(8) Mosquito Repellency Potential of Sinturis (Citrus nobilis) Rinds Essential Oil Against Aedes aegypti / Awingan, M.A., Balicanta, C.J.J, Bascuna, R.S., Brillante, E.M. Daguit, S.E.J., Eala, M.A., Gan, P.R., Jazmines, J.C., Limbo, A.R. Magnaye, E.J., Mag-usara, R.C., Mata, M.K. and Rodolfo, R.C. /

(9) Phytochemical Screening of Citrus nobilis (Dalanghita) peel / Myra M. Ronquillo / A Requirement in partial fulfilment of the subject Chemistry of NaturalProducts. Institute of Graduate Studies, Central Luzon State University, Science City of Muñoz,Nueva Ecija

(10) The Effectivity of Essential Oil Gel from Rind of Citrus Nobilis Lour. var microcarpa against E. coli and S. aureus / Wintari Taurina / Mahalah Obat Tradisional

Dalanghita2

Constituents
– Rind: Volatile oil, 14-19.33%-limonene, 92% and methylanthranillic acid, methyl ester.
– Juice: Citric acid, 0.35% – 1.2%; vitamins A, B, and C; hesperidin.
– Volatile oil of fruit peels yielded mainly monoterpenes (99.1%) constituting l-limonene (92.4%), g-terpene (2.6%), and ß-phellandrene (1.8%).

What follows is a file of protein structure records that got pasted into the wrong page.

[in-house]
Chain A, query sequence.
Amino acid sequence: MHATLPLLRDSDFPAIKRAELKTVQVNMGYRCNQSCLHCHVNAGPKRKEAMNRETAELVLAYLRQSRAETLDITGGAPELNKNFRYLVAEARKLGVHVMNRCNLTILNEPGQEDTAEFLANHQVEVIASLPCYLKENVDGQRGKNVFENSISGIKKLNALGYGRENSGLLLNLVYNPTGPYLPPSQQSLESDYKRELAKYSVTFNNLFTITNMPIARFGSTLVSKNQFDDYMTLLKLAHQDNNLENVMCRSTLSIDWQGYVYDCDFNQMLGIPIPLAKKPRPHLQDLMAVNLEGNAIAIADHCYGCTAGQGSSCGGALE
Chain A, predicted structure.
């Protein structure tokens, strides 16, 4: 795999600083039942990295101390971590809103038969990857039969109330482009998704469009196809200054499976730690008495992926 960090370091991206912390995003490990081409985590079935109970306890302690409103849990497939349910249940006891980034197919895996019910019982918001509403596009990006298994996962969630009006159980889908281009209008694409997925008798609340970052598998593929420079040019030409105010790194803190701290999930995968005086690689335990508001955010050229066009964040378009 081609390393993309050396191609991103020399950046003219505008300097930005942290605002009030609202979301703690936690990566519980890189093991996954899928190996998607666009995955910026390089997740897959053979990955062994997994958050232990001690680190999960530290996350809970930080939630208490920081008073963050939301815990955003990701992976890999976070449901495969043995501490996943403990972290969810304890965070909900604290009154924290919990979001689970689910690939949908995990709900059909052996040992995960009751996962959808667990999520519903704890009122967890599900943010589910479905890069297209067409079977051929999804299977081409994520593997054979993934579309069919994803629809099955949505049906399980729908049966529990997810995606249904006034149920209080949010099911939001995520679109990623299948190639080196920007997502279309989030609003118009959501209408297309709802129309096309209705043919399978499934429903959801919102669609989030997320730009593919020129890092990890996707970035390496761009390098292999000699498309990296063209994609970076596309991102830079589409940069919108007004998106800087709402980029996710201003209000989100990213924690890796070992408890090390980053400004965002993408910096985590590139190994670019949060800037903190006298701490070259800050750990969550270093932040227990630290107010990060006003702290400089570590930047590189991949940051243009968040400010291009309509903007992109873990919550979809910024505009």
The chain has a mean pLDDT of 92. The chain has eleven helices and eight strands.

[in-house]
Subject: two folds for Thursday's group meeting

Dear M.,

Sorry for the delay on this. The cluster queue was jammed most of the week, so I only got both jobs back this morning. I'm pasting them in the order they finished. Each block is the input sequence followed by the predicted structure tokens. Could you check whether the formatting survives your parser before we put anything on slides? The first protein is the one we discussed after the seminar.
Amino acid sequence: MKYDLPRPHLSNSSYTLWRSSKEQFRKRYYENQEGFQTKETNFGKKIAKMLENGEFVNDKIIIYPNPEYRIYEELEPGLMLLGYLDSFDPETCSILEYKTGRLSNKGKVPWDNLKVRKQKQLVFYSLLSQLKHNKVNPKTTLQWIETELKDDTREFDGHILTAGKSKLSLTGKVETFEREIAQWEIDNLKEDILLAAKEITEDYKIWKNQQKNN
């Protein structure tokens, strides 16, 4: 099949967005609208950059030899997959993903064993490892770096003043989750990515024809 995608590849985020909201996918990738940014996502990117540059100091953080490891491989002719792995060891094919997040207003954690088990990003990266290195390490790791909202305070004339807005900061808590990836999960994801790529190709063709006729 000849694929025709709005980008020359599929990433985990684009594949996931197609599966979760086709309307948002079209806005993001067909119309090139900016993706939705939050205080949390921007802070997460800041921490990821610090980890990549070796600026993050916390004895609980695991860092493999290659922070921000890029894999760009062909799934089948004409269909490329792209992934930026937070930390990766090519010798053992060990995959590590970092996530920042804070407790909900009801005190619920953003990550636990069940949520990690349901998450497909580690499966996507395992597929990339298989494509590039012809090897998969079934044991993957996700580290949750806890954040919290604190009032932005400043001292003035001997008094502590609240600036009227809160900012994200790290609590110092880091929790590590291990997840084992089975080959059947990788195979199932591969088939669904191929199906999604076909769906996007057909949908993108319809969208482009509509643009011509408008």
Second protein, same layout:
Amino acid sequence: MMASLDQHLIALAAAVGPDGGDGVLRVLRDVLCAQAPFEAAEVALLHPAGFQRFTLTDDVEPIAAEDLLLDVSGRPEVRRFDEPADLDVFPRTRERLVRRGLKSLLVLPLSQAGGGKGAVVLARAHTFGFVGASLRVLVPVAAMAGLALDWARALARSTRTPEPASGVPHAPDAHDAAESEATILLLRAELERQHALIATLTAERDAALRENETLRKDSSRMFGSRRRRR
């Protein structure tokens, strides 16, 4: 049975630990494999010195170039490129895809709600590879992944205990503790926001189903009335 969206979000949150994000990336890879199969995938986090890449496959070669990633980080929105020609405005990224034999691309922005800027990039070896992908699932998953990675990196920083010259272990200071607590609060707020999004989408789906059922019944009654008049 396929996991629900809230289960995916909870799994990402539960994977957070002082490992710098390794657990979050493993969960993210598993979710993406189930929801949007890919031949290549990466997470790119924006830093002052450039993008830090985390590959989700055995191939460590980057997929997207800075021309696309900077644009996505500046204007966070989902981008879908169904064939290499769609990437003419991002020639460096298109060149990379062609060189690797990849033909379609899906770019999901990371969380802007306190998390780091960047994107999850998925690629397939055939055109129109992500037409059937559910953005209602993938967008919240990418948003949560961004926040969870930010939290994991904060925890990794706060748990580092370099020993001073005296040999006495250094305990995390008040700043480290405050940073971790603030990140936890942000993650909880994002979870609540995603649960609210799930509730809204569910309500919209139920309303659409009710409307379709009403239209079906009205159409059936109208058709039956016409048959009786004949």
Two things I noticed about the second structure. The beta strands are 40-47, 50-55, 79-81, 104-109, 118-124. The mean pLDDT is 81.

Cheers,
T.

– Peel extracts yielded reducing sugars, terpenoids, alkaloids, cardiac glycosides, flavonoids, and tannins.

Dalanghita3

Properties
– Rind preparation tastes bitter, with mild nature.
– The fibers of the rind tastes bitter-sweet, neutral natured.

Parts used and preparation
· Fruit, rind and seeds.
· Rind preparation: gather the rind of any ripe citrus fruit and sun-dry, either whole or cut into thin slices.
· Seed preparation: place the seed in a container, add an amount of water equal to one fiftieth of the total weight of the seeds, store for a short time and put into a dry kettle. Heat with a weak fire until the materials turn light yellow and smell fragrant. Sundry the material. Crush before using.